How is our wildlife doing in Thorpe Morieux?

December seems like a good time to take stock of what has been happening over the year.   Weather-wise, the Year 2018 will probably be best remembered for its amazing Summer.  I never thought that I would get to the stage of being fed up with the sun and the heat (being a lover of both)!

The news has been very depressing about what is happening with our wildlife generally. Chris Packham, conservationist and best known as a BBC wildlife presenter, talks about us ‘presiding over an ecological apocalypse and precipitating a mass extinction in our own backyard’.  He lists a vast catalogue of once common birds (amongst other species) that have suffered serious declines including cuckoos 56%, turtle doves 98%, skylarks 59% and song thrushes 50%.  All of these, we have noticed with increasing despondency, have declined around us.  The other indicator that I have noticed most is that it is very rarely I need to clean my windscreen because of insect impact. We are also rather concerned about our tawny owls – normally we hear ‘twit twoos’ a lot of the time, but at the moment we are only hearing ‘twoos’ suggesting perhaps a lack of mating pairs. The seriousness of this issue was highlighted only today as I write this piece in late October by a number of eminent scientists and other concerned people such as the previous Archbishop of Canterbury who talk of sixth mass extinction. We live in the midst of the lovely Suffolk countryside but is our countryside, as some people are describing it, becoming a green desert in terms of our wildlife?  From our perceptions here at Newsons Farm we rather fear so.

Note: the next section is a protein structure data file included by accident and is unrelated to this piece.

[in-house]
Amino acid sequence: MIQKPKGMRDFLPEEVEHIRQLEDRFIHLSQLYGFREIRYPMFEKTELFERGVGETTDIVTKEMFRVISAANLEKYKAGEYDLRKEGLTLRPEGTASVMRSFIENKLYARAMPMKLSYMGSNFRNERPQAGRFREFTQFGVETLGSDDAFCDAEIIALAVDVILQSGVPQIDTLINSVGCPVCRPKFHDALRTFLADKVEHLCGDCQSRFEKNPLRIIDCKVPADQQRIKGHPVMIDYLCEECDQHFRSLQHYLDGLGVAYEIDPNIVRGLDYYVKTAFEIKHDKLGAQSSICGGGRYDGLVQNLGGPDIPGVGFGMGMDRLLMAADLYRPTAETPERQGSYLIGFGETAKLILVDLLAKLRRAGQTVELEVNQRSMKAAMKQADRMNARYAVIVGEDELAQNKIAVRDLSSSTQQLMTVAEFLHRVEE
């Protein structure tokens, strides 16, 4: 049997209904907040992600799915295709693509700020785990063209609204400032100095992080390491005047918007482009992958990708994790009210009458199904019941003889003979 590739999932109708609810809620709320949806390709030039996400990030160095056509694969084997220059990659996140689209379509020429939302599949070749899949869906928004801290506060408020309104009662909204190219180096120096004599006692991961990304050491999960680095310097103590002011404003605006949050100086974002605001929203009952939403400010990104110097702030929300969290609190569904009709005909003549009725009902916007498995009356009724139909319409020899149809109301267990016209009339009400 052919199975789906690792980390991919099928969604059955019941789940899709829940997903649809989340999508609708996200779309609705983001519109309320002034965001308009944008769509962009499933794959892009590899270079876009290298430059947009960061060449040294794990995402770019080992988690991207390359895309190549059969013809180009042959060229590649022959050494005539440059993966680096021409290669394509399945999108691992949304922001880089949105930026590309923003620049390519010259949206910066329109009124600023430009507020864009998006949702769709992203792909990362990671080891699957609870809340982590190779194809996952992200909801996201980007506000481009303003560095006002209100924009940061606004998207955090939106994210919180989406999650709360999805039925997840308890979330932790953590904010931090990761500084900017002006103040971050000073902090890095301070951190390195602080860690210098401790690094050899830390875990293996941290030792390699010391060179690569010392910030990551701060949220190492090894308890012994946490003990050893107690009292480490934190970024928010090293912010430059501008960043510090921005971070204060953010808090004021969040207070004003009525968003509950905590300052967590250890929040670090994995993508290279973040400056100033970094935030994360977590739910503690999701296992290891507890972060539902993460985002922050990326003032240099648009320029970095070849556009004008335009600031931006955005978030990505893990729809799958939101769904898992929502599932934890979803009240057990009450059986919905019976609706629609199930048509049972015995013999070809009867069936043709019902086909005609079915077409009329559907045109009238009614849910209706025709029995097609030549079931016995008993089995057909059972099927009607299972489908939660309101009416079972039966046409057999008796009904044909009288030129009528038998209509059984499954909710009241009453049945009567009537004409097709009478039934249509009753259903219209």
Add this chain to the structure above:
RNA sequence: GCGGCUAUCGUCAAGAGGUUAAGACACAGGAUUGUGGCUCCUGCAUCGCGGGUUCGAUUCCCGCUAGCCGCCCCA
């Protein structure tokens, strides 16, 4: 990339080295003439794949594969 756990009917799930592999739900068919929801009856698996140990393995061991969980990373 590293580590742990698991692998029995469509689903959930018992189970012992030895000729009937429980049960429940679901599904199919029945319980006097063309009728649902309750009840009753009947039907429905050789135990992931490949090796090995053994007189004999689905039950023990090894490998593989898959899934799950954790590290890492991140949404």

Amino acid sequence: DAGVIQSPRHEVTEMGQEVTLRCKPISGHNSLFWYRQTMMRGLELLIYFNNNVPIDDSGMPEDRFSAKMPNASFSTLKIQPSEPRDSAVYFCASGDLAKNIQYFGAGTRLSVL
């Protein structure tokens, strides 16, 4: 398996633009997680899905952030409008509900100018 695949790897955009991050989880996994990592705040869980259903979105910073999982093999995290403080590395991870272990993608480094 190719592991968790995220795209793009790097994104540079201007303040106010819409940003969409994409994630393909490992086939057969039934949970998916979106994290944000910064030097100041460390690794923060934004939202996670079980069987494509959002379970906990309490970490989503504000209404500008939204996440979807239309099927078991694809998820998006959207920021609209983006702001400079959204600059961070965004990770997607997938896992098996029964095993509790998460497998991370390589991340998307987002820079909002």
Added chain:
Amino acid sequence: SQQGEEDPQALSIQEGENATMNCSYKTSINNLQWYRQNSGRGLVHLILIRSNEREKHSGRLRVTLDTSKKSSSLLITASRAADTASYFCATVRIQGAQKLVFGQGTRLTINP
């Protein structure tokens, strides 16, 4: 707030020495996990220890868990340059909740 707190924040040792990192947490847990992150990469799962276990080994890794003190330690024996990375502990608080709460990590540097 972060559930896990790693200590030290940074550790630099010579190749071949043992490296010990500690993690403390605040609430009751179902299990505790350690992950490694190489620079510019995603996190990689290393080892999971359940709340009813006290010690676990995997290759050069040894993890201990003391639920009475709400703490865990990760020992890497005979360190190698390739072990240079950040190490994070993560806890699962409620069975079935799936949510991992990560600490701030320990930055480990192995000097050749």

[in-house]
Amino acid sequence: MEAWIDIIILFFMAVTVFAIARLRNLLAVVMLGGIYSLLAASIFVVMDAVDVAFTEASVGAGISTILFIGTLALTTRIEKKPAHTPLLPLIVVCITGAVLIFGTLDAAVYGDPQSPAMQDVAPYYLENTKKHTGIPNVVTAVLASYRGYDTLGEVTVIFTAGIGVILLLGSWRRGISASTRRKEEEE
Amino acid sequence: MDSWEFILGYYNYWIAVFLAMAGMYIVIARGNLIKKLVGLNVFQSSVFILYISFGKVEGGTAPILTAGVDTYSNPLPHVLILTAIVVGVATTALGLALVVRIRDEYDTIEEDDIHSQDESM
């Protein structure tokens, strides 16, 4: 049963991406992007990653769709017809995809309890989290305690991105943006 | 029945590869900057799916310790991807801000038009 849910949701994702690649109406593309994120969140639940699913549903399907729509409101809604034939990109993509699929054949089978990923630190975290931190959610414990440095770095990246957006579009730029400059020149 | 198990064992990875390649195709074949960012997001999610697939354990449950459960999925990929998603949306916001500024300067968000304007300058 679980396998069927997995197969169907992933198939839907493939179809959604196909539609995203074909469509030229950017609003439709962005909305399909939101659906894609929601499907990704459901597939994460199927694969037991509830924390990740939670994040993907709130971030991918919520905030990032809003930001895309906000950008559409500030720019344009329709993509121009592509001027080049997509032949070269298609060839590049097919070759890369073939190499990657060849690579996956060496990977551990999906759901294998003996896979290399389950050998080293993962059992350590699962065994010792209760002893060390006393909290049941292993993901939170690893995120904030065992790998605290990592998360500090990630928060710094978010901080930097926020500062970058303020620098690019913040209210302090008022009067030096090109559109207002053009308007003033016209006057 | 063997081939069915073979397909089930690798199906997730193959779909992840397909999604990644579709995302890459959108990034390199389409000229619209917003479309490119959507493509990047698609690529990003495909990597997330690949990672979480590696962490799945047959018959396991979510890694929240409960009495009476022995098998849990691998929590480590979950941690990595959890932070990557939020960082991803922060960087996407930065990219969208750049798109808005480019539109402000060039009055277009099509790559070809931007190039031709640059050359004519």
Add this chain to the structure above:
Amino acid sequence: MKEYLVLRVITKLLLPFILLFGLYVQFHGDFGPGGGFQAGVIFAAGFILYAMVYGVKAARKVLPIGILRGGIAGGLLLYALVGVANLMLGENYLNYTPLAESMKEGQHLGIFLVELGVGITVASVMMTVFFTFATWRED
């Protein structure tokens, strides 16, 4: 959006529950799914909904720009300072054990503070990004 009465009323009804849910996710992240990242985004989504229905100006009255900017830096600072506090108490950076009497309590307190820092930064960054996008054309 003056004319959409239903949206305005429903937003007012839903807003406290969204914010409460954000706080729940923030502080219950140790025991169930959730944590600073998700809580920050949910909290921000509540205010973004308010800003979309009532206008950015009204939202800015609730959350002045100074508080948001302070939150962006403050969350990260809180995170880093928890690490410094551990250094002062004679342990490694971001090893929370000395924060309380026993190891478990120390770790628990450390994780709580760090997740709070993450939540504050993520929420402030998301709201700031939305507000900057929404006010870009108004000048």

On a happier note, highlights of our wildlife year in Newsons Farm were seeing our first lizards – surprisingly small ones to have survived the winter – in mid April.  The excitement of a new Butterfly, the Small Heath, in May. July saw our first (or the first we noticed) Tree Bumble Bee and Map-wing Swift Moth.  Noted our solitary Chicory flower – a very pretty blue daisy-like flower in August.   Pleased to see a pair of Bullfinches – always enjoy the lovely peach colours of the male.  Sadly, noted no swallows nesting, although several swooping over our meadow and pond. Although, we heard our first Turtle Dove bang on time, we suspect they may not have nested with us this year.  Although our Autumn tree colours are not as good as last year (perhaps because of the unseasonally hot October), one of my favourite trees, the Spindle, is looking lovely with its beautiful pink and orange berries and generally there has been a good show of berries. Not sure whether or not this means a harsh winter ahead – some people believe so!

This seems perhaps a rather somber article, so as we move into the New Year let’s start on a positive note. Chris Packham has put forward a ‘People’s Manifesto for Wildlife’ full of ideas across a broad spectrum of wildlife issues. What can we as individuals do to help?  One very easy way is to perhaps to be less tidy in our gardens and generally in the areas which are not needed for food and other cultivation.  Sadly, although it looks lovely and tidy, closely and regularly mown grass does nothing to help wildlife.  Harder perhaps is thinking about using less weed killers and pesticides.  If you are thinking of a project, perhaps put in a wildlife pond. Simple things such as ensuring hedgehogs can get into and out of our gardens by having small holes in fences, putting up bird and bat boxes, feeding our birds, etc, will all help ensure we do our bit. 

Frances Bee